As Stephanie Pappas writes, it’s much more complex than we might think:
In 2013, researchers from the Integrated Ocean Drilling Program reported at the annual Goldschmidt Conference in Italy that they’d found microbes in 100-million-year-old sediments in the floor of the deep sea, according to the BBC. The microbes were reproducing once every 10,000 years, such a slow rate that scientists weren’t sure if they could really call the microbes “alive.” More.
But surely that is a technicality. If they reproduced at all, they are alive. The issues she raises around very old organisms that have remained extant through cloning may be more meaty.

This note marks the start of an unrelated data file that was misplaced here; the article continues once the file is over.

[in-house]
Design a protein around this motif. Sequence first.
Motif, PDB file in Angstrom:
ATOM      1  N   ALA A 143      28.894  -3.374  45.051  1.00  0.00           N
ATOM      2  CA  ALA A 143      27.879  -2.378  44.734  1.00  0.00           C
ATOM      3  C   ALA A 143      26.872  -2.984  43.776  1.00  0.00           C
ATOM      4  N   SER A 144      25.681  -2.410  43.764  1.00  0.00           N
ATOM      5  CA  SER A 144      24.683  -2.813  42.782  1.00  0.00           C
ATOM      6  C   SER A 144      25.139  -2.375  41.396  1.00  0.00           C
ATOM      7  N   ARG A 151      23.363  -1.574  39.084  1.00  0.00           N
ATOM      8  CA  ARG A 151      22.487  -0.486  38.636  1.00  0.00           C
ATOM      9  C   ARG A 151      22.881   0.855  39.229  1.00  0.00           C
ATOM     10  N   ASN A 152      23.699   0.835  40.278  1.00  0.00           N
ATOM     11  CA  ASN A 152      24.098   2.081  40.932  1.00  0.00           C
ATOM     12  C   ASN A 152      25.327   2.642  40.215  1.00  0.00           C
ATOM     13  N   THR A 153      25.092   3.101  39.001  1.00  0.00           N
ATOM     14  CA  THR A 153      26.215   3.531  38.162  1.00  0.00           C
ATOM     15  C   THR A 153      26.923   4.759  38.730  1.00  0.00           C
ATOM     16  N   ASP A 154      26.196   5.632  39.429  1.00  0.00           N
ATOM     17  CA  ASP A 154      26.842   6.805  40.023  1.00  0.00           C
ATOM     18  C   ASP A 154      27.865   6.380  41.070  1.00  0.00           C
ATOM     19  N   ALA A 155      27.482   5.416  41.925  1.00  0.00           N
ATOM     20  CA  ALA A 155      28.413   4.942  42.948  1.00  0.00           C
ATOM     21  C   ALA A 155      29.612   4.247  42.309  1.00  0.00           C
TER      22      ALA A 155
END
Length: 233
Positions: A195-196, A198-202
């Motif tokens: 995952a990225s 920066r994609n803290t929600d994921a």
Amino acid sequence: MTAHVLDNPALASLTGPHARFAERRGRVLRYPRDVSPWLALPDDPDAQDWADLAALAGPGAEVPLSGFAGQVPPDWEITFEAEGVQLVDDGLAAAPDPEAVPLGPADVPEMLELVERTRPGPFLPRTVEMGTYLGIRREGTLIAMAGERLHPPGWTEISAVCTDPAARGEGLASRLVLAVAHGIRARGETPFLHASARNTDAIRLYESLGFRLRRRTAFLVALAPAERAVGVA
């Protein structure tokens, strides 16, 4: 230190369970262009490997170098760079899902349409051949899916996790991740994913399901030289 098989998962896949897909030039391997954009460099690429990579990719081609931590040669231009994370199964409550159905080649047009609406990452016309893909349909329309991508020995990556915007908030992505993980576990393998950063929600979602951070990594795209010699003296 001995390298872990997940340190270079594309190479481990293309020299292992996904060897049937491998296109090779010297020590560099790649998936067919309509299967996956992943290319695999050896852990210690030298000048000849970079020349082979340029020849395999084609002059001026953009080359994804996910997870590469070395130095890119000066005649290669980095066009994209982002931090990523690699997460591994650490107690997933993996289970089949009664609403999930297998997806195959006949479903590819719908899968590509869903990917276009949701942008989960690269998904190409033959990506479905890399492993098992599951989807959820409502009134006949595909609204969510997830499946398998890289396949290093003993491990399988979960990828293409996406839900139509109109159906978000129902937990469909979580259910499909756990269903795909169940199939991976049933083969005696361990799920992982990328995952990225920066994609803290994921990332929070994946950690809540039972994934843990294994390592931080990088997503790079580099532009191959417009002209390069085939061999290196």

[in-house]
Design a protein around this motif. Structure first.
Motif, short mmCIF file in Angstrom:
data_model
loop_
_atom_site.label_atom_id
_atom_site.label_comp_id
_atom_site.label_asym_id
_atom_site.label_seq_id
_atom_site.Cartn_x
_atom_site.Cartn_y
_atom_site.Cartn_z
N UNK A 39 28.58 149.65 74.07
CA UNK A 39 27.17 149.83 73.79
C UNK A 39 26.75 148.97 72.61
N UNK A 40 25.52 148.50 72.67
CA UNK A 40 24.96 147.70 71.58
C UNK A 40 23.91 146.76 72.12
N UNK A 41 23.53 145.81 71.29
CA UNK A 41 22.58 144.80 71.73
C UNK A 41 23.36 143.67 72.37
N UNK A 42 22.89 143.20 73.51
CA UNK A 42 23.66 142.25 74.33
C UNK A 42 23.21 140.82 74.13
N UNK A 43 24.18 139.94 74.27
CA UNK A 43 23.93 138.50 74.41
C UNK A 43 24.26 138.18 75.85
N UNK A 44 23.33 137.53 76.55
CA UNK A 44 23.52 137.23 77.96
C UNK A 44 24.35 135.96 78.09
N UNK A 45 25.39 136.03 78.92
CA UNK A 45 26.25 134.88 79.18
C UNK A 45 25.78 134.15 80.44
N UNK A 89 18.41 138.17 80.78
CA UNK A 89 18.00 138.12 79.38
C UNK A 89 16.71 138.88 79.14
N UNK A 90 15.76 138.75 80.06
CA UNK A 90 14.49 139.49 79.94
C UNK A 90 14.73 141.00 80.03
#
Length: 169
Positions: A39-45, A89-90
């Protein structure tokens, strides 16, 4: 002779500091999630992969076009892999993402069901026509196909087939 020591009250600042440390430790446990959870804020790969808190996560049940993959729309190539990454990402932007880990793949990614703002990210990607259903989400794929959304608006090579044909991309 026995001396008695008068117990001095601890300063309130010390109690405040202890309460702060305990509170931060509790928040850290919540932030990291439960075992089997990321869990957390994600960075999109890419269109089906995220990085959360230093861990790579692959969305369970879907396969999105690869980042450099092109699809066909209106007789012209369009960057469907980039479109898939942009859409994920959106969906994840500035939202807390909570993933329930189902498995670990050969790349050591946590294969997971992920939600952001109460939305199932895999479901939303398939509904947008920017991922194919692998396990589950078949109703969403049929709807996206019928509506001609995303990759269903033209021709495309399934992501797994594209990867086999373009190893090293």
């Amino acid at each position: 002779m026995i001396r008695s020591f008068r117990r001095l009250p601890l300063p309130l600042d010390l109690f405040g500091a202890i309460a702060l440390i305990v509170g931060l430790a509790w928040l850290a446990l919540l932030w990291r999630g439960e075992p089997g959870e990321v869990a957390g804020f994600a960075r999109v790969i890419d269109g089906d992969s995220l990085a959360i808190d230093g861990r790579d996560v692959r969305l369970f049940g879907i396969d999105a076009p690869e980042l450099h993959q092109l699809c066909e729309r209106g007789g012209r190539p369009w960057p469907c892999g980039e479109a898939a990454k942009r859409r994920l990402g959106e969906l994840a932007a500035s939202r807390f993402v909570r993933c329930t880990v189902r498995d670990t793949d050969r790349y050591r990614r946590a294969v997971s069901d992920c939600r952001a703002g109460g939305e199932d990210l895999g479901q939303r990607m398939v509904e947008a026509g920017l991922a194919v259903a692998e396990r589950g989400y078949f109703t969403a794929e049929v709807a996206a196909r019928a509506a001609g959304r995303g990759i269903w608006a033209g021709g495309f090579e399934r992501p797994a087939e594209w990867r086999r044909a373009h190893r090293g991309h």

We are getting somewhere if we can determine that something is definitely alive without necessarily coming up with a hard definition. Now here’s one: Are viruses alive?
See also: Another stab at whether viruses are alive
Phil Sci journal: Special section on understanding viruses
Why “evolution” is changing? Consider viruses
The Scientist asks, Should giant viruses be the fourth domain of life? Eukaryotes, prokaryotes, archaea… and viruses?
Are viruses nature’s perfect machine? Or alive?